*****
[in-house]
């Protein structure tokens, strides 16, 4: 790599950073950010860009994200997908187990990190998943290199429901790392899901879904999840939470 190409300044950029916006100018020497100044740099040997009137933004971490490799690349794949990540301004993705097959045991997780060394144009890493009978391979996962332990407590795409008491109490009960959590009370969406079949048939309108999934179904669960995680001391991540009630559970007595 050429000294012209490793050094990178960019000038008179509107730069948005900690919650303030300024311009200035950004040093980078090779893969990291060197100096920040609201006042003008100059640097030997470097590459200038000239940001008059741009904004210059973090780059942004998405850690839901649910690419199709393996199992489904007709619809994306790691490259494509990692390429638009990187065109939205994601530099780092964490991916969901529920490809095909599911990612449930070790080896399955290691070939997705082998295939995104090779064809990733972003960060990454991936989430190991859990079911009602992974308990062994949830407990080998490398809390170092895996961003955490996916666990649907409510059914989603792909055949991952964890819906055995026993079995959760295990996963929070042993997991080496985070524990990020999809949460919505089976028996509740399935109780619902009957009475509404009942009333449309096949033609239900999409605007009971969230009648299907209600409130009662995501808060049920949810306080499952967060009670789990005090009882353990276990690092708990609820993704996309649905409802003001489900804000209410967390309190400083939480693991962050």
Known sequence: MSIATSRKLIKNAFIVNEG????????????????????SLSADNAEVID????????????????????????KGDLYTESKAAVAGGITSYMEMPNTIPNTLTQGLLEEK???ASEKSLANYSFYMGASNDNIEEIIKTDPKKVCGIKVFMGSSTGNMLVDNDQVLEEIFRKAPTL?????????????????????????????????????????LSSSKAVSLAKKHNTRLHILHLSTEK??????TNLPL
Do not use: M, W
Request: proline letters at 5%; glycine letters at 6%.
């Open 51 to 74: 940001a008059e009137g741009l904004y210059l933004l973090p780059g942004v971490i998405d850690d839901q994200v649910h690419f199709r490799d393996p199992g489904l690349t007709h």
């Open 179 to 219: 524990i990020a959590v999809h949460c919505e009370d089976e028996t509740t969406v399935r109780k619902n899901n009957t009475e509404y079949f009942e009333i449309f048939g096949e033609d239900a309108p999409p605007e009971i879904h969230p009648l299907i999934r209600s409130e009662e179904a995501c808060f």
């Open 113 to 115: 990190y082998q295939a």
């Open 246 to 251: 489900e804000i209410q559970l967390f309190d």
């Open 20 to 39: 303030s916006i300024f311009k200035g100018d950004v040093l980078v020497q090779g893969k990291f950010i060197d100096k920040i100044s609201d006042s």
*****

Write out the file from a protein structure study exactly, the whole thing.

[in-house]
């Protein structure tokens, strides 16, 4: 790599950073950010860009994200997908187990990190998943290199429901790392899901879904999840939470 190409300044950029916006100018020497100044740099040997009137933004971490490799690349794949990540301004993705097959045991997780060394144009890493009978391979996962332990407590795409008491109490009960959590009370969406079949048939309108999934179904669960995680001391991540009630559970007595 050429000294012209490793050094990178960019000038008179509107730069948005900690919650303030300024311009200035950004040093980078090779893969990291060197100096920040609201006042003008100059640097030997470097590459200038000239940001008059741009904004210059973090780059942004998405850690839901649910690419199709393996199992489904007709619809994306790691490259494509990692390429638009990187065109939205994601530099780092964490991916969901529920490809095909599911990612449930070790080896399955290691070939997705082998295939995104090779064809990733972003960060990454991936989430190991859990079911009602992974308990062994949830407990080998490398809390170092895996961003955490996916666990649907409510059914989603792909055949991952964890819906055995026993079995959760295990996963929070042993997991080496985070524990990020999809949460919505089976028996509740399935109780619902009957009475509404009942009333449309096949033609239900999409605007009971969230009648299907209600409130009662995501808060049920949810306080499952967060009670789990005090009882353990276990690092708990609820993704996309649905409802003001489900804000209410967390309190400083939480693991962050």
Known sequence: MSIATSRKLIKNAFIVNEG????????????????????SLSADNAEVID????????????????????????KGDLYTESKAAVAGGITSYMEMPNTIPNTLTQGLLEEK???ASEKSLANYSFYMGASNDNIEEIIKTDPKKVCGIKVFMGSSTGNMLVDNDQVLEEIFRKAPTL?????????????????????????????????????????LSSSKAVSLAKKHNTRLHILHLSTEK??????TNLPL
Do not use: M, W
Request: proline letters at 5%; glycine letters at 6%.
């Open 51 to 74: 940001a008059e009137g741009l904004y210059l933004l973090p780059g942004v971490i998405d850690d839901q994200v649910h690419f199709r490799d393996p199992g489904l690349t007709h």
């Open 179 to 219: 524990i990020a959590v999809h949460c919505e009370d089976e028996t509740t969406v399935r109780k619902n899901n009957t009475e509404y079949f009942e009333i449309f048939g096949e033609d239900a309108p999409p605007e009971i879904h969230p009648l299907i999934r209600s409130e009662e179904a995501c808060f």
């Open 113 to 115: 990190y082998q295939a």
């Open 246 to 251: 489900e804000i209410q559970l967390f309190d």
């Open 20 to 39: 303030s916006i300024f311009k200035g100018d950004v040093l980078v020497q090779g893969k990291f950010i060197d100096k920040i100044s609201d006042s």